A recent Wall Street Journal article --Wellness Programs May Face Legal Tests: Plans That Penalize Unhealthy Workers Could Get Tighter Rules--discusses the US Department of Labor’s decision to curtail the ability of employers to motivate workers to kick unhealthy habits by making health insurance more expensive for unhealthy workers than for their colleagues.
Despite these convincing numbers, workplace wellness programs ought to be cautious in their use of rewards and punishments for motivating employees to lead healthier lifestyles. There is good reason for the Department of Labor’s recently issued regulatory guidelines rejecting the use of incentives and disincentives that make health insurance more expensive for unhealthy workers than for their colleagues. I’ve identified the following three reasons why such tactics are unrealistic and won’t work for many employees.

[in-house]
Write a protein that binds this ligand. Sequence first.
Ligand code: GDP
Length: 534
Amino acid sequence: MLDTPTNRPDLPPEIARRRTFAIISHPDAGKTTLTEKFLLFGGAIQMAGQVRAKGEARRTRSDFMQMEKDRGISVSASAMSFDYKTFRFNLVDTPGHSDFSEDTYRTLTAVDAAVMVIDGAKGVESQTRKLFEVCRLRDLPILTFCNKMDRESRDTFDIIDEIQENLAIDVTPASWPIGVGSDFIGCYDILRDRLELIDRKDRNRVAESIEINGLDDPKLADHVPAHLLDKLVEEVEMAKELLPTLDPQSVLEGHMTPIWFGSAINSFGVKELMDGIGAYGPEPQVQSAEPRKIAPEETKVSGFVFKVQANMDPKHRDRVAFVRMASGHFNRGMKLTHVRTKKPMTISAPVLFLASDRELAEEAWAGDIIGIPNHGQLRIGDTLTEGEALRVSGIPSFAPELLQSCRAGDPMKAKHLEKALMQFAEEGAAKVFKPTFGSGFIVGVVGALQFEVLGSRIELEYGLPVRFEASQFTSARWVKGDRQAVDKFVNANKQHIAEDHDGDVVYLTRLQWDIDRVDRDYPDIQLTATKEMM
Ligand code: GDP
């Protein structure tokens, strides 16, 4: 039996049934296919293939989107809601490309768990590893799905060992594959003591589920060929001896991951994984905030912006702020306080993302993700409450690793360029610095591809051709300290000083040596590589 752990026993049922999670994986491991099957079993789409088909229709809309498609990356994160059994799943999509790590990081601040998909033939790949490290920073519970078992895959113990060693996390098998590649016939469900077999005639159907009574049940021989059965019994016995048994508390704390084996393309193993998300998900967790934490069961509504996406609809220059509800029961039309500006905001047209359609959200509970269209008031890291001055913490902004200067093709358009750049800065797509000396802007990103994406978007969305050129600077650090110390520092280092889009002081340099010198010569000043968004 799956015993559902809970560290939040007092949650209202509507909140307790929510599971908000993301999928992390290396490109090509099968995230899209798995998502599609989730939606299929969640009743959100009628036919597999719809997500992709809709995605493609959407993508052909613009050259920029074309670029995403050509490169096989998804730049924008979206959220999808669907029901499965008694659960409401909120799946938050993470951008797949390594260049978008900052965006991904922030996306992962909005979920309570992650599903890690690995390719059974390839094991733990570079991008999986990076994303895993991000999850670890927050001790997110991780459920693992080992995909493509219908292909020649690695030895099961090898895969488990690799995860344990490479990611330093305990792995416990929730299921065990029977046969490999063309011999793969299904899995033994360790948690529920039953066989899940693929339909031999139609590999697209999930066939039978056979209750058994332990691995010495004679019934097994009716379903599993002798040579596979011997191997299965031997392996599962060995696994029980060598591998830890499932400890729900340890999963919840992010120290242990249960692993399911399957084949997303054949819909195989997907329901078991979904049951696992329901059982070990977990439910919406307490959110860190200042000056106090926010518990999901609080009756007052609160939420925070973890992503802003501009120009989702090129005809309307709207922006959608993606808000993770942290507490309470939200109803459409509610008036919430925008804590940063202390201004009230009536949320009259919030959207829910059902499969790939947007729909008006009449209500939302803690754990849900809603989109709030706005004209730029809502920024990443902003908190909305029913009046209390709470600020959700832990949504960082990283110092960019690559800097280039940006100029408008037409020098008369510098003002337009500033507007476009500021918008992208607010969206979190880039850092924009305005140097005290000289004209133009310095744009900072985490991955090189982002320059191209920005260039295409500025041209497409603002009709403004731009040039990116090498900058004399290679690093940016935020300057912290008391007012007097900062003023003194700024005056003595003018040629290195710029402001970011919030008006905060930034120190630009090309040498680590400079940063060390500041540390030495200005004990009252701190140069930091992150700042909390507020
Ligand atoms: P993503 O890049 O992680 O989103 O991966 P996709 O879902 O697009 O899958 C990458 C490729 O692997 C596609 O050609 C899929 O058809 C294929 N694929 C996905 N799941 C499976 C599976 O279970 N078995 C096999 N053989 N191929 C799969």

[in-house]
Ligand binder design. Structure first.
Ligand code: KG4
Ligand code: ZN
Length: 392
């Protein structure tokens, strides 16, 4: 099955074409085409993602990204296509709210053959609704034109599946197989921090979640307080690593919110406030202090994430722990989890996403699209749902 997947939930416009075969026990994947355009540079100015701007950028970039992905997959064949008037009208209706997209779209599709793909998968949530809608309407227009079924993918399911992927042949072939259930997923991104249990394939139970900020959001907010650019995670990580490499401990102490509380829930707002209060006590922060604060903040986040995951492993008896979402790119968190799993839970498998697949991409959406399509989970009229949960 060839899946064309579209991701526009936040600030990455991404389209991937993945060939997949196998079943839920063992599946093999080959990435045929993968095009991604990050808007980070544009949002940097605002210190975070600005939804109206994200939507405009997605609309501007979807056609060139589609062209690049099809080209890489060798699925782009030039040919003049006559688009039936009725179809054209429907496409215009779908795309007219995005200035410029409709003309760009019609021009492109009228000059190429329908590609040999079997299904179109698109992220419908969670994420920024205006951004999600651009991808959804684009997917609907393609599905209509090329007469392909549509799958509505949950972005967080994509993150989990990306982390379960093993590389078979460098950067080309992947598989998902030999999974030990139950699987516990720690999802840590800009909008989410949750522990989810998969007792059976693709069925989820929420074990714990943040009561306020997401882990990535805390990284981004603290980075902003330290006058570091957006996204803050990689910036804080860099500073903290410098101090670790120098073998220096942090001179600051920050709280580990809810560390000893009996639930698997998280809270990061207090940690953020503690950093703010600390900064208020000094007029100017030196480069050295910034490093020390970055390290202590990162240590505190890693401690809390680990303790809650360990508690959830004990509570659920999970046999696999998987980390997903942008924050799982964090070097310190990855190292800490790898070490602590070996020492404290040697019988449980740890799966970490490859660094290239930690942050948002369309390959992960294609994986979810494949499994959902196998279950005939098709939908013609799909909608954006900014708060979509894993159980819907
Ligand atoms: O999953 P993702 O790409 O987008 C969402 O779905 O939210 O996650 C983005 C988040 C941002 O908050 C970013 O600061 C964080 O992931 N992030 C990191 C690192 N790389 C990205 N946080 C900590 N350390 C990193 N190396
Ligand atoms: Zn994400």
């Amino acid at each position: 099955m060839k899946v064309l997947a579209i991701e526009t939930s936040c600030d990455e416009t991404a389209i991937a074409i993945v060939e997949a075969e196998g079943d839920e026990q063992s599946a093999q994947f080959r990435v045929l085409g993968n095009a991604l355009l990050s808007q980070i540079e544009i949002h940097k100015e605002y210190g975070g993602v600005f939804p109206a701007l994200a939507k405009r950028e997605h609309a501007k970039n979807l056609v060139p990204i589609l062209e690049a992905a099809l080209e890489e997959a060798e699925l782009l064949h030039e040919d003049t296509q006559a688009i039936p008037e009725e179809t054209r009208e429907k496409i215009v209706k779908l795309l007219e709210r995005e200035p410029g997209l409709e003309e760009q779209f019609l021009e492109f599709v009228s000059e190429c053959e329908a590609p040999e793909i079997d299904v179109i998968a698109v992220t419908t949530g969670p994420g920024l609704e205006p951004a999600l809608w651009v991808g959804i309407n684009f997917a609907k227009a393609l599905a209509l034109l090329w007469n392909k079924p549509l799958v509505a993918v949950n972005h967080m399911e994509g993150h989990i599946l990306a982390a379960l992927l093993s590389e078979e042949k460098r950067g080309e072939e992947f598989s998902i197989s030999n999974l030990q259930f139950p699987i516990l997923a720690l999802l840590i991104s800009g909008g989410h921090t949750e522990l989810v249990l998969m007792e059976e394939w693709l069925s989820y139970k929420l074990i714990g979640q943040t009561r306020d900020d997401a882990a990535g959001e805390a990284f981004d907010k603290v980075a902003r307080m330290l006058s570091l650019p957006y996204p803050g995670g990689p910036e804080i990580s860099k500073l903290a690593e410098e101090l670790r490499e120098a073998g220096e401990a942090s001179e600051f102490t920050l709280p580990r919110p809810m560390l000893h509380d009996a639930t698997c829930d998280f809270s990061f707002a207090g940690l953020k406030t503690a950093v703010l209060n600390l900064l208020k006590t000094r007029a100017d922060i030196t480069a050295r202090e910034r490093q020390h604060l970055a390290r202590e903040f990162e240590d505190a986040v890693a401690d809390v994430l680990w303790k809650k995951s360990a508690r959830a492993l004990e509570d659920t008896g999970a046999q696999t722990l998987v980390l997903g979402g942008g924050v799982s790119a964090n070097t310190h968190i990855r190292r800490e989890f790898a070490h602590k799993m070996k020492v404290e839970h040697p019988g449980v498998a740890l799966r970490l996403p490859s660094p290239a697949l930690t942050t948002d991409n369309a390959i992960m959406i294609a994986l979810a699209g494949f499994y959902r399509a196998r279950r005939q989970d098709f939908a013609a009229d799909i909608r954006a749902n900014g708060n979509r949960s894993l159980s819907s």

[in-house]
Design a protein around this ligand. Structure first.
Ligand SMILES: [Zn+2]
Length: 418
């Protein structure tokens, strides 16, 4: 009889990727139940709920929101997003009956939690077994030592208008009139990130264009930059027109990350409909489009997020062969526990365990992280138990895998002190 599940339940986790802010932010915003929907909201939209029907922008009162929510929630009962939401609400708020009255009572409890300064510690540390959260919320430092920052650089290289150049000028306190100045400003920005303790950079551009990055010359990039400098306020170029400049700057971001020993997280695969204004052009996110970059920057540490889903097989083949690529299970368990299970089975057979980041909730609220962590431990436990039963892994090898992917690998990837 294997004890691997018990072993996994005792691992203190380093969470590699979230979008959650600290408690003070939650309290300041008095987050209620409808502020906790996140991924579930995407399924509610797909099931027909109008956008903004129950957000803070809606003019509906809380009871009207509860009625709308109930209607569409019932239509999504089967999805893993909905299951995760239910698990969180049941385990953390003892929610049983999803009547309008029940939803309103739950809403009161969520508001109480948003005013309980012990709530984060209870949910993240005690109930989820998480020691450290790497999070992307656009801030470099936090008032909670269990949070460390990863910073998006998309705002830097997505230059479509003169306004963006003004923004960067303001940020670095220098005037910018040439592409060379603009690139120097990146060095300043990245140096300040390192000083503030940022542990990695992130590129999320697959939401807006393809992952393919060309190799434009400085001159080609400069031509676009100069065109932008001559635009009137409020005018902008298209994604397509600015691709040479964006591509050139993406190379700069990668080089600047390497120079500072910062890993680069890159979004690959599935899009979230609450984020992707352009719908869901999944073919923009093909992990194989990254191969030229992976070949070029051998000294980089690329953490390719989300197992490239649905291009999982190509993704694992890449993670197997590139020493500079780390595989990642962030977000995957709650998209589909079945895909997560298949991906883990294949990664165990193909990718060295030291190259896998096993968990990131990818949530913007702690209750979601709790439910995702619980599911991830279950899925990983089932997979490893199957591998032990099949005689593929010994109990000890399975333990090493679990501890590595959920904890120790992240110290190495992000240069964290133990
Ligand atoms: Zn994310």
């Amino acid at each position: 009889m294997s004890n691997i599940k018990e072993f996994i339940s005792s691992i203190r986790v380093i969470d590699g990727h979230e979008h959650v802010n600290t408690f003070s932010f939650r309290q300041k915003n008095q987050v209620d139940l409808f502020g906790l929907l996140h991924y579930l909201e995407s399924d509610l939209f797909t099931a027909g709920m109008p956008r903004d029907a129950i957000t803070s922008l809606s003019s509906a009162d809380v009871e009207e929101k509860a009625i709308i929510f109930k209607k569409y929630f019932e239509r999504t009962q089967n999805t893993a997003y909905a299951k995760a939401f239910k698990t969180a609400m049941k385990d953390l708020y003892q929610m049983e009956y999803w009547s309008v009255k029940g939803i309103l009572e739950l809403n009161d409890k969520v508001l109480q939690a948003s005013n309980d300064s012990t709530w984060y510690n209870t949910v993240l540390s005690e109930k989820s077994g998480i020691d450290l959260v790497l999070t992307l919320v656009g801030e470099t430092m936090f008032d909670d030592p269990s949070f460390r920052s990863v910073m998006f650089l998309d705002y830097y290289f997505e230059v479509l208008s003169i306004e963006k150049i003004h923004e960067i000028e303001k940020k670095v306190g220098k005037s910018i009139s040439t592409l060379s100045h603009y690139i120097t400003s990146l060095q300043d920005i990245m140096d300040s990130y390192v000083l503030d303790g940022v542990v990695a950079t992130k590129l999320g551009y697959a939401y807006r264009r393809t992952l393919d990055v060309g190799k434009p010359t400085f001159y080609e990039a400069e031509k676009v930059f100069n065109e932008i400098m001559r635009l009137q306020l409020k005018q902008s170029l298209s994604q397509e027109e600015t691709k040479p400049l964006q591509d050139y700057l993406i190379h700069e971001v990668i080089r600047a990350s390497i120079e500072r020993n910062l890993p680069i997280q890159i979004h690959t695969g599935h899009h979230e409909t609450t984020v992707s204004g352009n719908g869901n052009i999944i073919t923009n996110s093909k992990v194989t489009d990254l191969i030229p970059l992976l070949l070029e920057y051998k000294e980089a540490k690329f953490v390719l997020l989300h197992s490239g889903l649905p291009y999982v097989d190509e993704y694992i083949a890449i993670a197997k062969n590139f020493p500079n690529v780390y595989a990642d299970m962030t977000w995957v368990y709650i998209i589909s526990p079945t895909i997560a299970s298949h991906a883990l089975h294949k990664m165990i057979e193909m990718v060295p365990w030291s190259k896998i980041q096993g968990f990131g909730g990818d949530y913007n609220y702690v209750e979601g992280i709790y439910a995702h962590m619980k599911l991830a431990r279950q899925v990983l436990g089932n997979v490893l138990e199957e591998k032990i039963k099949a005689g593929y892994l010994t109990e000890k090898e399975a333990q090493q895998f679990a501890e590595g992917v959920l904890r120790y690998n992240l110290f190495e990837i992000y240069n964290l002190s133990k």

In my next post, I discuss how a "whole-person integrated care" model addresses the particular needs of people with different personalities and levels of motivation.